Led by University of Stirling historian Dr. Michael Penman, the three-year partnership project with Historic Environment Scotland (HES) used a series of ground-penetrating radar surveys to study the Abbey, with the results allowing the team to create a speculative plan of the lost medieval choir – an area left ruinous following the Protestant Reformation in 1560.
The surveys provided evidence of more than 15 potential elite burials. These were focused on the Abbey’s 14th century Lady Chapel and aisle, as well as around the east end pilgrimage shrine erected c.1250 for royal saint Margaret, queen of Malcolm III (d.1093). The surveys also found radar and archival evidence for the lost high altar settings of the Abbey choir and a formerly unnoticed southern transept chapel and aisle dedicated to St John the Baptist.
Radar and archival evidence were also uncovered raising questions about the true grave site of Bruce, Robert I King of Scots (1306-29).
Richard Strachan, Head of Cultural Resources at HES said: "This project has been very significant in reinforcing the importance of the role of the Abbey church as a royal mausoleum. The royal burials are a key aspect of the history of the Abbey so obtaining a better understanding of this greatly aids our management, conservation and presentation of the wider areas of the site, as well as bringing an enhanced level of academic rigour to our knowledge of the mausoleum.
"This research, using state of the art techniques and expertise, has provided a stronger foundation for understanding the development of this aspect of the site’s history and will inform how we present and interpret the site in the future."
Dr Penman said: "In 1818, architect William Burn uncovered a grave and a lead-encased skeleton, which was generally accepted as being Bruce’s remains. However, combining our radar evidence with measurements taken by local historian Ebenezer Henderson in 1854, it raises the likelihood that the position of this original grave site was too close to the screened high altar for it to have been the original burial suit – in this position, it would have impeded the chancel steps, liturgy of the mass and been obscured to visitors in the aisles.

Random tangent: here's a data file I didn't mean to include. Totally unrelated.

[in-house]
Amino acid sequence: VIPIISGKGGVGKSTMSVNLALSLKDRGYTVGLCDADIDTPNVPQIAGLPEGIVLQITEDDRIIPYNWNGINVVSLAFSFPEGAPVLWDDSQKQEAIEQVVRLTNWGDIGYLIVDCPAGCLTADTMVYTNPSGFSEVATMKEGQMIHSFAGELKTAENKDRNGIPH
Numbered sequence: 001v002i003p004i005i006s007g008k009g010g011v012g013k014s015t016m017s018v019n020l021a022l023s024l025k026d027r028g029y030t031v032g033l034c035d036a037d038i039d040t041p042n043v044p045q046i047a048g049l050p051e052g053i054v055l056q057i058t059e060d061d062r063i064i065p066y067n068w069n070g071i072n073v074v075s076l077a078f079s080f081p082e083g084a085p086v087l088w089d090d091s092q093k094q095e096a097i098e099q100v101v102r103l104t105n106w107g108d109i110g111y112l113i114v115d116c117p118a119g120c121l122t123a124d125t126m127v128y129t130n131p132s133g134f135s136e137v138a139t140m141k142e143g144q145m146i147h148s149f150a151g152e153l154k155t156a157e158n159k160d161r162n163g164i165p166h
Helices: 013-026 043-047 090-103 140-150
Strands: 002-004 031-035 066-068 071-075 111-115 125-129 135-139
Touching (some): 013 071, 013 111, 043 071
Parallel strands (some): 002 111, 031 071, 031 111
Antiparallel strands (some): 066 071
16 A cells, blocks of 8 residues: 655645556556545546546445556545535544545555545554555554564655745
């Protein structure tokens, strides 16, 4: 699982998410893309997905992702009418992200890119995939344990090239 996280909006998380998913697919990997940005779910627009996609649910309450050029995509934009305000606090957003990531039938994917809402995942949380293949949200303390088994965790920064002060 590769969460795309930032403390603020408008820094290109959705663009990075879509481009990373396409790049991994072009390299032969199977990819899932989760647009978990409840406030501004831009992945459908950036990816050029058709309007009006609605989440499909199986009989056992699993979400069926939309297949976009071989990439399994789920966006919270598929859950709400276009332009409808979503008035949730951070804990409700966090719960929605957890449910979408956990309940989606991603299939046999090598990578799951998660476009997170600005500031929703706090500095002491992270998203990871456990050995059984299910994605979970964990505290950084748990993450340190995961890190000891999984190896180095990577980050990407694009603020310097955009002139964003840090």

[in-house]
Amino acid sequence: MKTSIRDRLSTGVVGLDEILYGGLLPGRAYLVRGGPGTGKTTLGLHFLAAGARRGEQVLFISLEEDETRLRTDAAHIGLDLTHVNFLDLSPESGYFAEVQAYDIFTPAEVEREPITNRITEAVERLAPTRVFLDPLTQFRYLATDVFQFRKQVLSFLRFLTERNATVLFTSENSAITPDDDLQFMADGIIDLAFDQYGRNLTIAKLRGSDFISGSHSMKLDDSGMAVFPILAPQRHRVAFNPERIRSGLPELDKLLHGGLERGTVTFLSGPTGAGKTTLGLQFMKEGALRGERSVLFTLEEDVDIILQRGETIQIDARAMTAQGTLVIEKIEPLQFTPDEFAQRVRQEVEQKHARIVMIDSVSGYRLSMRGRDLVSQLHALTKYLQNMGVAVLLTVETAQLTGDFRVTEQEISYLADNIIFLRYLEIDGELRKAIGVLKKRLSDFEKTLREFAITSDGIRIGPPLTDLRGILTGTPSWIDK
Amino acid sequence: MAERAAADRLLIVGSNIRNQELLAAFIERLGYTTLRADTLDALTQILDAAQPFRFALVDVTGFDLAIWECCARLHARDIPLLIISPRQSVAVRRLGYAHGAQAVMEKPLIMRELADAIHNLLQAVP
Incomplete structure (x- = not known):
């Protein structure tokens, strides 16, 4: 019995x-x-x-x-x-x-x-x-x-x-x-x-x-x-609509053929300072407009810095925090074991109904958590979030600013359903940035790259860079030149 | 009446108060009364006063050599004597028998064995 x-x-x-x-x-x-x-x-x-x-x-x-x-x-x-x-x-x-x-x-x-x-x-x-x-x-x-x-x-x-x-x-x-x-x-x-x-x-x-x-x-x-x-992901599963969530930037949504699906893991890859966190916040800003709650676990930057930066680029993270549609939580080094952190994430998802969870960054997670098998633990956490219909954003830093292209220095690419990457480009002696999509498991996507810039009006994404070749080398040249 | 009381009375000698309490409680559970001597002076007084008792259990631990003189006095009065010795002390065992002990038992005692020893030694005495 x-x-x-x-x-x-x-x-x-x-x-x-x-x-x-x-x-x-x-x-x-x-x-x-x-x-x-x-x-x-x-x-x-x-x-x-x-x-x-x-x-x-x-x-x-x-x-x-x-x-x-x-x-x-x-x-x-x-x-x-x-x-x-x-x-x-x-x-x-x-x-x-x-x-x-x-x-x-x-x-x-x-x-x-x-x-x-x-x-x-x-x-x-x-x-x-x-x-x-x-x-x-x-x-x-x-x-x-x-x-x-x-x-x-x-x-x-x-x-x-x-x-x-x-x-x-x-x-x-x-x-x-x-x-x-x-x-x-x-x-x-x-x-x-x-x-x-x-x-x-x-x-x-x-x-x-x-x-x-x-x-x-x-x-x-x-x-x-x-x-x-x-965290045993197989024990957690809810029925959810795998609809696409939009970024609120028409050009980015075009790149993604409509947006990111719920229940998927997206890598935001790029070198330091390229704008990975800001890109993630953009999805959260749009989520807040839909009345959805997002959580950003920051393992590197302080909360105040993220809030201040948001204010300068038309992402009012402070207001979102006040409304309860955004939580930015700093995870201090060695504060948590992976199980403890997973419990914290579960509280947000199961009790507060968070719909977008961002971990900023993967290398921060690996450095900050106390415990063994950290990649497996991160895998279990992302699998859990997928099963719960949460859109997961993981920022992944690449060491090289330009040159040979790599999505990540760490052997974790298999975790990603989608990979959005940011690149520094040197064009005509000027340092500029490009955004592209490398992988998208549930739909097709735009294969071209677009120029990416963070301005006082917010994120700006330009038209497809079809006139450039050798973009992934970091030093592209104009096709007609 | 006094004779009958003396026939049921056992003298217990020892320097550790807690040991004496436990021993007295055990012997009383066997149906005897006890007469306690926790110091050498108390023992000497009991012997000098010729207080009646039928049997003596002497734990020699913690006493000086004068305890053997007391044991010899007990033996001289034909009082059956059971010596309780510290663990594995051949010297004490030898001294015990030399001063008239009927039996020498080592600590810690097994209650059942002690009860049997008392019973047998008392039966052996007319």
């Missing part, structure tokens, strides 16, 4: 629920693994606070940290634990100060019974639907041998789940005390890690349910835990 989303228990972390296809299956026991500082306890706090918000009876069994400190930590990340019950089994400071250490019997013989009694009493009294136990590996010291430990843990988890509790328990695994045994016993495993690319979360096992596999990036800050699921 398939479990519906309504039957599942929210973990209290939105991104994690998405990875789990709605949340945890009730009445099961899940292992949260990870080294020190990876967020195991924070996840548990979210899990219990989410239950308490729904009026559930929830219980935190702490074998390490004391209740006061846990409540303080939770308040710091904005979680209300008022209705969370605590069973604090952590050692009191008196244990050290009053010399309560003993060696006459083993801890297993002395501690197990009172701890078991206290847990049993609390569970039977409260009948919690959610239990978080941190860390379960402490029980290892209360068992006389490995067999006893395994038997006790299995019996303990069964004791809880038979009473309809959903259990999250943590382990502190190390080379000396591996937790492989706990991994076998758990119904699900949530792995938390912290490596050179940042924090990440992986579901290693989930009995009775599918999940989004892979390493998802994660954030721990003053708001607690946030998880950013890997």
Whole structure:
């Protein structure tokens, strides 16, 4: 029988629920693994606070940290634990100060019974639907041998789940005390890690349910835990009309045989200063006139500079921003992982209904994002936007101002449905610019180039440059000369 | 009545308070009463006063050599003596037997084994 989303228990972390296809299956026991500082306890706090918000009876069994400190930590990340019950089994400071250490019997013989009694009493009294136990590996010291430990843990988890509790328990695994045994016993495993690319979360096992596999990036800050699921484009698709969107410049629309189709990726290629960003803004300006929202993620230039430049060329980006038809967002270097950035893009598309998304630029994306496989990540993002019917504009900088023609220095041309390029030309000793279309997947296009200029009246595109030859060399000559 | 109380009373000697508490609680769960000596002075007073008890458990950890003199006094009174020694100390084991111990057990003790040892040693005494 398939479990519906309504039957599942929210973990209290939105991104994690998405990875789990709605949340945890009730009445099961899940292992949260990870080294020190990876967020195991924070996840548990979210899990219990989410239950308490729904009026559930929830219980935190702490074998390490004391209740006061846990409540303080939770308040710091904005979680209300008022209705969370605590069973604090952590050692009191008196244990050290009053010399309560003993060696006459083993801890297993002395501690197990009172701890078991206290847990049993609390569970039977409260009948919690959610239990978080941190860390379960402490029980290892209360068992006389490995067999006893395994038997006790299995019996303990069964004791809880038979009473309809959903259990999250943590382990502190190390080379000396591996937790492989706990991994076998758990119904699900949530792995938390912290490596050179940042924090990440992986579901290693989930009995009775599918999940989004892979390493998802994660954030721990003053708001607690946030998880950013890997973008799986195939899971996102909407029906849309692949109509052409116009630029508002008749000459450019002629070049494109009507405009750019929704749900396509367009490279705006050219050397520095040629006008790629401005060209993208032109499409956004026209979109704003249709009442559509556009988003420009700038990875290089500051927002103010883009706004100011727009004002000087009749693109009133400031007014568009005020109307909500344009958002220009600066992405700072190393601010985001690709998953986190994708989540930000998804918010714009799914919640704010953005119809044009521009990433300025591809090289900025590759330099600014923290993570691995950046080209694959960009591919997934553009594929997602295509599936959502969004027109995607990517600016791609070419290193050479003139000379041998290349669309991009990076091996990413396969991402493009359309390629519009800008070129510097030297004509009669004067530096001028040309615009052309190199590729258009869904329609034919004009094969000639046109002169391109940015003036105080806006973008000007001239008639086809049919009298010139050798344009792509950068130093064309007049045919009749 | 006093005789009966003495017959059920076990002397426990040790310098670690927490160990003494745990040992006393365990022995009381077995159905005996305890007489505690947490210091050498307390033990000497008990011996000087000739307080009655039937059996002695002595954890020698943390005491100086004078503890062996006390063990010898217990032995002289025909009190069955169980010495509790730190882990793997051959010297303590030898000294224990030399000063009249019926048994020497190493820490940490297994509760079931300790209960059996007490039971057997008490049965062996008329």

"One possibility is that this site was a ‘rescue’ burial by monks who reportedly stayed on at Dunfermline until around 1580, in defiance of the Reformation, and who perhaps saved these remains after a box tomb was destroyed. That would explain why this skeleton was found covered in a late 16th or 17th century ‘anthropomorphic’ lead shroud in quite a shallow, crude grave slot.
"Through this study, we also found potential evidence of the existence of double tombs, and it could also have been the case that Bruce was originally buried within the northern central presbytery of the choir, together with his Queen, Elizabeth de Burgh."
The radar surveys, led by Erica Carrick Utsi of EMC Radar Consulting, took in a mixture of interior and exterior areas of the Abbey Church. Using two frequencies the scans probed down to a depth of two metres in search of medieval features.
Dunfermline’s Benedictine Abbey, founded by King David I c.1128, is one of Scotland's most important cultural sites and has received more of Scotland’s royal dead than any other place in the kingdom, excepting Iona. In 2021, the ‘new’ Abbey Church, which was built atop the medieval choir ruins and opened for public worship in 1821, will celebrate its bicentennial year.
The research was initiated in 2015 by the Abbey Church of Dunfermline Kirk Session (Church of Scotland) and through to 2020 in partnership with Fife Council and Historic Environment Scotland. It was funded by grants from the GWS Barrow Award, the Strathmartine and Hunter Archaeological Trusts, the Royal Society of Edinburgh, and the University of Stirling’s Faculty of Arts & Humanities.
The full 164 page illustrated report can be downloaded in full for free from either the project website or from Historic Environment Scotland’s Canmore database.